In this tutorial I’ll show you how to use the np.random.uniform function (AKA, Numpy random uniform).

I’ll explain what the function does, explain the syntax, and show you clear examples of how the function works.

If you need something specific, you can click on any of the following links and it will take you to the correct location in the tutorial.

**Table of Contents:**

Having said that, if you really want to understand how this function works, you should probably read the whole thing.

Ok. Let’s get to it.

## An introduction to Numpy Random Uniform

So what does Numpy Random Uniform do?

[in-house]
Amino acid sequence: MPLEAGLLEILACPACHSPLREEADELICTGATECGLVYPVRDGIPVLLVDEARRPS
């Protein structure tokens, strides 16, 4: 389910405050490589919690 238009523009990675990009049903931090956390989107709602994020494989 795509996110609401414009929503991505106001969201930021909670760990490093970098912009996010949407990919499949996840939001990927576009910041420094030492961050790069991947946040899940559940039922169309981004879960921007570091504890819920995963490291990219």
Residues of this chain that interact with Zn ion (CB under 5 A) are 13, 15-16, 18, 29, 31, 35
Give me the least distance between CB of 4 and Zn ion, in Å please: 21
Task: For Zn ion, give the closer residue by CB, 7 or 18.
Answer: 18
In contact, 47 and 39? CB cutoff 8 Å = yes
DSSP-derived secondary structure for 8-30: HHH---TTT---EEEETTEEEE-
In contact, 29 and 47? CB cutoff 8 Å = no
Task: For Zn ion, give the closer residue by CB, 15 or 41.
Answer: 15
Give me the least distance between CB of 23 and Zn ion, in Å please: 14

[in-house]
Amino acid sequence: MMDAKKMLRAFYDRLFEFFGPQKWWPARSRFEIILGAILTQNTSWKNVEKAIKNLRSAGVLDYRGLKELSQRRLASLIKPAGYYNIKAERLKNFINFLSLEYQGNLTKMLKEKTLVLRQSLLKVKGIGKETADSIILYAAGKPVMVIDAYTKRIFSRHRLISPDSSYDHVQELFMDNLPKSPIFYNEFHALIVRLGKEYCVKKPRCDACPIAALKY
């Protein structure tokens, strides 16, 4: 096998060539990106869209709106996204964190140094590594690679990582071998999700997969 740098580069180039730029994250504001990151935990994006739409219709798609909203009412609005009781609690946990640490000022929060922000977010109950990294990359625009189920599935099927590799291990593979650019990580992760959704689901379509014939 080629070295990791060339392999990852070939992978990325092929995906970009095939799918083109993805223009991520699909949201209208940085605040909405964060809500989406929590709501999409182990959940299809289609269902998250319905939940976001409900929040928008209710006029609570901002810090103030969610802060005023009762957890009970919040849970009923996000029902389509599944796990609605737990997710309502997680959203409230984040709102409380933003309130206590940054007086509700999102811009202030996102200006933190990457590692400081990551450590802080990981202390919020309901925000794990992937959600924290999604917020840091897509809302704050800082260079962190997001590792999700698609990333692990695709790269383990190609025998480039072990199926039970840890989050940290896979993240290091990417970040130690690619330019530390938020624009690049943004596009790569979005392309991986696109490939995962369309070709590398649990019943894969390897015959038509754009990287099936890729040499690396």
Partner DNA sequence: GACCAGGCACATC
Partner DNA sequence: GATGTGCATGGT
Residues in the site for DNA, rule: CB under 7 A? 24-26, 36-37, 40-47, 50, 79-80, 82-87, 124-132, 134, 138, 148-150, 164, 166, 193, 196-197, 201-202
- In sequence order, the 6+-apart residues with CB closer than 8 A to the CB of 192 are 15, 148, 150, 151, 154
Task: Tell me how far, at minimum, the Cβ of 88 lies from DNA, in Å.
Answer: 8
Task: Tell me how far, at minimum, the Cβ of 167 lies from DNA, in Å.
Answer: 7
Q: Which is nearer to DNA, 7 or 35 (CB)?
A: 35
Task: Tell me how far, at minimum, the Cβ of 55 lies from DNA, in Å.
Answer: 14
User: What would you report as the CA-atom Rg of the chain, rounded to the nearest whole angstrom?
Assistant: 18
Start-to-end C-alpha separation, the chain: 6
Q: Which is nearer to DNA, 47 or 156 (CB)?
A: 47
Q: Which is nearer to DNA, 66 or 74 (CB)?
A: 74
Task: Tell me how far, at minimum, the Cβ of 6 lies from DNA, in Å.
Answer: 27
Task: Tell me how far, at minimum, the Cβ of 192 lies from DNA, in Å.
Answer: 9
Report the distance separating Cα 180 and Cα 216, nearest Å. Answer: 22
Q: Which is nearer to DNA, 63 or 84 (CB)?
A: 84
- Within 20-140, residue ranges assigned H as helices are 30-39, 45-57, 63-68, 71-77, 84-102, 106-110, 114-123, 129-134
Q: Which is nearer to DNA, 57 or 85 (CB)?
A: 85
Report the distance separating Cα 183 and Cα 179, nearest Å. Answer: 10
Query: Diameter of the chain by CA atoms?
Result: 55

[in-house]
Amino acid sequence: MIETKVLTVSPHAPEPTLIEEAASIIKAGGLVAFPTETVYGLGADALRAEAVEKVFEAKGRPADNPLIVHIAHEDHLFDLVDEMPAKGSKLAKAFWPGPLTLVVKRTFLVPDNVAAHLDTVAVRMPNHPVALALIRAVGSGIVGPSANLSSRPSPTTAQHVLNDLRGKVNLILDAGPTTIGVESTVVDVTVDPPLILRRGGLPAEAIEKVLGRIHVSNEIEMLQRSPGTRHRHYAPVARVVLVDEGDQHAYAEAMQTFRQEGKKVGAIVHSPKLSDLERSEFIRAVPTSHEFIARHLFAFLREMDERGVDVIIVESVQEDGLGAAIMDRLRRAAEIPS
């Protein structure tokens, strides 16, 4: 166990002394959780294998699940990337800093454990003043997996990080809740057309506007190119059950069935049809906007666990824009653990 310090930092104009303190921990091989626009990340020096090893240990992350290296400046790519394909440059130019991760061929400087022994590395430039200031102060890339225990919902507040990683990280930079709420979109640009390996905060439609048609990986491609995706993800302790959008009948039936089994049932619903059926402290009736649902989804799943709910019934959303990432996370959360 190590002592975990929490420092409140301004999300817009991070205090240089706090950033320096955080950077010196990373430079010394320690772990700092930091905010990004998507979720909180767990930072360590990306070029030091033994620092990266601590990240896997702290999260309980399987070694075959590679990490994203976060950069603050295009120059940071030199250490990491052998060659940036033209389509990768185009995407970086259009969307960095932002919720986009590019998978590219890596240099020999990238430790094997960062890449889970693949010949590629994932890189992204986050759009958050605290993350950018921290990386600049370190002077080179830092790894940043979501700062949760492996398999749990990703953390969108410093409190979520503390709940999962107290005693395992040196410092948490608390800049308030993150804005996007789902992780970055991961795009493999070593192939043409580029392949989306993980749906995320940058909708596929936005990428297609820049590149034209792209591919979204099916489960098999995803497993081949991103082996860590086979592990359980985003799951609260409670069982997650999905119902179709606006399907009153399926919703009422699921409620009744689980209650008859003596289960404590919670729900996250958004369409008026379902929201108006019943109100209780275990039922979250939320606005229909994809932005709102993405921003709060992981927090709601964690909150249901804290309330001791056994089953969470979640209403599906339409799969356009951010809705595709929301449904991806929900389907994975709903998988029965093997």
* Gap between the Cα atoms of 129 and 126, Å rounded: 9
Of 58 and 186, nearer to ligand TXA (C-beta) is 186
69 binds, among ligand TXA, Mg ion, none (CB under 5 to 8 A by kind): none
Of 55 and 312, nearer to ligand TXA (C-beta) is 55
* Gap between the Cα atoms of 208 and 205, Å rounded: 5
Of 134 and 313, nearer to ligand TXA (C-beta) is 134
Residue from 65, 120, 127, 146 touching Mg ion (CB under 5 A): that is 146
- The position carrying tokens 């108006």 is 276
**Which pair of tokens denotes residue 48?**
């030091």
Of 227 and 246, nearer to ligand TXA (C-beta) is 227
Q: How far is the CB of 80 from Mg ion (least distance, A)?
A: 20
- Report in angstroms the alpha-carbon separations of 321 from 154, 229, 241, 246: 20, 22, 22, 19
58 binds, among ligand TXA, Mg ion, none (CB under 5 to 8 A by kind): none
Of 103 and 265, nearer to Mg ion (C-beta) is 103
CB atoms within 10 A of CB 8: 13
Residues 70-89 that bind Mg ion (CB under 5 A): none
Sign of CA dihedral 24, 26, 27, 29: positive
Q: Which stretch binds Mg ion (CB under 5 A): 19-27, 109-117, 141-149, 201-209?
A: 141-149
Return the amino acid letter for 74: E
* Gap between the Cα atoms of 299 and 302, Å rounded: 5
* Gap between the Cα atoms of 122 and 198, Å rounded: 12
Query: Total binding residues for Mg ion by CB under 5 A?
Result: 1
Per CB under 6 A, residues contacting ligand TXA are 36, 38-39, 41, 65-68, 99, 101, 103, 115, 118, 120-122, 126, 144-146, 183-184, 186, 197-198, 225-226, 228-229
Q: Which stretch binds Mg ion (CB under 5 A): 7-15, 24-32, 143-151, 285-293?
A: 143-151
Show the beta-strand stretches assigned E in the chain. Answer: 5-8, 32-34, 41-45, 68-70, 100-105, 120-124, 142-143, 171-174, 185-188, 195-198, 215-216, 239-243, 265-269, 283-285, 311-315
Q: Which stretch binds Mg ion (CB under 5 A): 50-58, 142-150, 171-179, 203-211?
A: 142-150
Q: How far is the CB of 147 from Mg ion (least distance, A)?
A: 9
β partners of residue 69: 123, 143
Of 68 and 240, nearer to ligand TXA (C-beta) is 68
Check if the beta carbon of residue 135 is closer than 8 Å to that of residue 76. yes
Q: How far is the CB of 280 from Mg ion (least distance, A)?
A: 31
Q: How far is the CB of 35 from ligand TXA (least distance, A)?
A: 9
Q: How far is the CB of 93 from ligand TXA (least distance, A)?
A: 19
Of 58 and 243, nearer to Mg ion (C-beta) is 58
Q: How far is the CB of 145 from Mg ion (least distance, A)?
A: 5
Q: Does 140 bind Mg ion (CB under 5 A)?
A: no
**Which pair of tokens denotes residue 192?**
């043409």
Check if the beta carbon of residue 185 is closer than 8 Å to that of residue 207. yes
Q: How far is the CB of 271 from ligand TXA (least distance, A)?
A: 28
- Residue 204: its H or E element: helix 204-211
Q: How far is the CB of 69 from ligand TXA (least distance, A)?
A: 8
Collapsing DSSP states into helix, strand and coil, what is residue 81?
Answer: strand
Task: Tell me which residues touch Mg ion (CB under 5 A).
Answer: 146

The np.random.uniform function creates Numpy arrays filled with values that are drawn from a uniform probability distribution.

Does that make sense?

Unless you know a lot about Numpy and probability, it might *not* make sense

… so let me dive in and explain it a little.

### Numpy Random Uniform Creates Numpy Arrays

The first thing you need to understand is that the Numpy random uniform function creates Numpy arrays.

As you probably know, Numpy is a package for working with numeric data in Python.

Specifically, Numpy has functions for creating and “wrangling” a data structure called a Numpy array.

A Numpy array is just a data structure that contains numbers inside of a row-and-column structure. A simple Numpy array filled with integers looks something like this:

If you take a look, you can see that a Numpy array is just a row-and-column structure that contains numeric data.

#### The Numpy Package has many Functions for Creating Numpy Arrays